In The Hunger Games, Suzanne Collins introduces a lot of other touchy subjects: murder, Communism, oppression, slavery, power, lying to further your own causes, suicide, sex, defying authority to name a few. And you know what? Most of these are left unresolved. Suicide is discussed as a positive option to giving in to an oppressive government. And this isn't dealt with; it's just there. Nearly every character lies, and in fact this is used to move the plot along. This is never resolved. Sure, we see some consequences, but many are just brushed over to continue the plot of the story. The brutality of murder is probably the only one from that list above that is adequately touched on.

To me, as a teacher, this is more dangerous than anything in Twisted. To read a dramatization of tough choices when the only consequences are the ones that lead to the desired resolution is not creating a realistic worldview for our youth.

Now, I think The Hunger Games are good reads if you're looking for something to read. But they're not going to change anybody's life. Good young adult literature has the ability to change someone's life for the better. However, it's often not given that opportunity to do so, because it is removed from the shelves before anyone who needs it has a chance to read it.

If we really did not allow our students to read anything with themes beyond the life experiences they've already had, there would be no reason to read anything at all. Not that it would matter; nothing would be read anyway.

Saturday, April 9, 2011

Why Cutting Teacher Salaries and Merit Pay Cannot Co-Exist

There has been a lot of discussion and debate lately about teacher pay (though really, more mud-slinging than debate, from both sides involved). There's talk of "shared sacrifice" and how teachers are overpaid, and blah-de-frickin'-blah. The thing is, nobody wants to pay anybody less money. But the economy warrants such discussions. Okay.

But wait. Weren't we having the same conversations, just a few months ago, about merit pay? How good teachers should be paid more? There are certainly things to be said about both of these things -- cutting teachers' salaries and raising good teachers' salaries -- but let's look at just one big idea of each, with the understanding that neither idea consists of only the one piece I'm going to pull out. But it's a big piece of each of them.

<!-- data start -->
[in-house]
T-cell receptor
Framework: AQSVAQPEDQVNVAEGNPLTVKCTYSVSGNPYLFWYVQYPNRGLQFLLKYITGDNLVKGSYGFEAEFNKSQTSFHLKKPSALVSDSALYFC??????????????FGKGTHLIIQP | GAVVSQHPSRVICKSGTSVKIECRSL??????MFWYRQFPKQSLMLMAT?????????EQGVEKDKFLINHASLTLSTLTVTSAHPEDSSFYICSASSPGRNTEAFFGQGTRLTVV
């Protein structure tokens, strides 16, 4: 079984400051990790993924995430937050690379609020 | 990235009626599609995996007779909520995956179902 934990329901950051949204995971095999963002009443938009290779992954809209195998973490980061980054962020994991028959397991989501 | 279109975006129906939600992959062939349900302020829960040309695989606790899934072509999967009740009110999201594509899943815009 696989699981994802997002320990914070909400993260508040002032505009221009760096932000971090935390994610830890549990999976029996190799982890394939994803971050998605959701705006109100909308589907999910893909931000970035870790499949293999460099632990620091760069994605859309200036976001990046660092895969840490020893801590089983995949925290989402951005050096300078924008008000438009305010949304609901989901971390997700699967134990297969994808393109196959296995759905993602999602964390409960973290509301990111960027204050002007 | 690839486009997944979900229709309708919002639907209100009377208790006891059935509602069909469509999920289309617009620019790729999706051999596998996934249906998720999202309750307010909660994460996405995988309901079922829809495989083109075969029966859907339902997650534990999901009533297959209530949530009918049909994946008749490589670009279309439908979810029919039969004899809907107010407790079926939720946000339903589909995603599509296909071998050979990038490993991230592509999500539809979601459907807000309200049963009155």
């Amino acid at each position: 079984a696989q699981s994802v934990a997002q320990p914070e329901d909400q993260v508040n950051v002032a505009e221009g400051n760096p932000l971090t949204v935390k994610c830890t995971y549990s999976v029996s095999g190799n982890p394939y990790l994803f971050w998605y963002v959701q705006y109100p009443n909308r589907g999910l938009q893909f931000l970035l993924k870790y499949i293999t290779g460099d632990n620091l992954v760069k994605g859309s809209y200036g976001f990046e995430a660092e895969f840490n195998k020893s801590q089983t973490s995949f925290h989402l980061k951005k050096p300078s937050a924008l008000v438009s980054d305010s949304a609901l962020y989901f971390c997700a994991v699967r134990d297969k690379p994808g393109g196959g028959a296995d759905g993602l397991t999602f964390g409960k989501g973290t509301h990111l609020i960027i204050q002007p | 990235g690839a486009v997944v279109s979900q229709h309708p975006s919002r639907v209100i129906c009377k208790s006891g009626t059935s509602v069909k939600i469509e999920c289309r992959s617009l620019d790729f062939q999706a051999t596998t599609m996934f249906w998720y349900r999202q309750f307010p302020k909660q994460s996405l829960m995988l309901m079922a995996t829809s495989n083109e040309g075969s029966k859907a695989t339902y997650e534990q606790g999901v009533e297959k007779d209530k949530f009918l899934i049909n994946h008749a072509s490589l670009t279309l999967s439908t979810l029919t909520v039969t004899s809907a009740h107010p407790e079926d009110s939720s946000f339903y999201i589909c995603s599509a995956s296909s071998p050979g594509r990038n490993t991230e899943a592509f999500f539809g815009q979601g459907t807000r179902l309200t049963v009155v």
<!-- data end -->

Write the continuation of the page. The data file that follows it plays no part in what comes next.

Cutting salaries. One of the big ideas here is that teachers make more than their fair share of the public sector pot, so it makes sense to cut 'em a bit, especially in benefits and retirement, as that's what a lot in the private sector did a few years back (or never had in the first place). Underneath this, though, is the understanding that those who truly want to teach will teach so long as they can afford to do so. So as long as we don't cut too much (though for some, any cut will be too much), we'll still have those passionate teachers. And, don't you know, passionate teachers tend to be the ones more likely to engage their students, and those students will be better off. They may even test better. There's likely research to support this, but I don't have it on hand. The argument remains: cutting teacher pay will not cut our good teachers. They're motivated intrinsically by their own drive to teach and to teach well.

See where I'm going with this?

Merit pay. One of the big ideas here is that teachers who have proven themselves to be more effective (big can of worms there, but that's for another time) deserve to be paid better. Their results are better, they have shown to be more of a master of their craft -- let's reward them. And then, in turn, teachers will strive to become better so they can also earn some of this higher pay.

Wait. Let's rewind a bit here. If teachers are going to strive to become better to achieve a higher income, then that means that we're assuming good teachers are extrinsically motivated. They're going to be motivated by the money more than they are just the intrinsic motivation to teach well. Is this the same group of good teachers that is intrinsically motivated to not leave the profession under a lower salary?

I know teachers, good teachers, who would work harder for more money. They're in the minority. I know teachers, good teachers, who would leave the profession if they were paid less, even if they could survive on the new pay. They're in the minority. Most of us (good teachers) are not going to be severely impacted by changes in the pay scale. What we will be is outraged over being treated like pieces of a puzzle instead of people. We're outraged that our students are treated as mice in a maze, tested over and over and over again, and now it's finally our turn to be outraged on behalf of ourselves. We're outraged that even when we agree to pay cuts, it's not enough, and we need to not be allowed to bargain as a group.

Have the discussions that need to happen. Balance a budget. But treat those who are being tossed in front of the bus with some respect.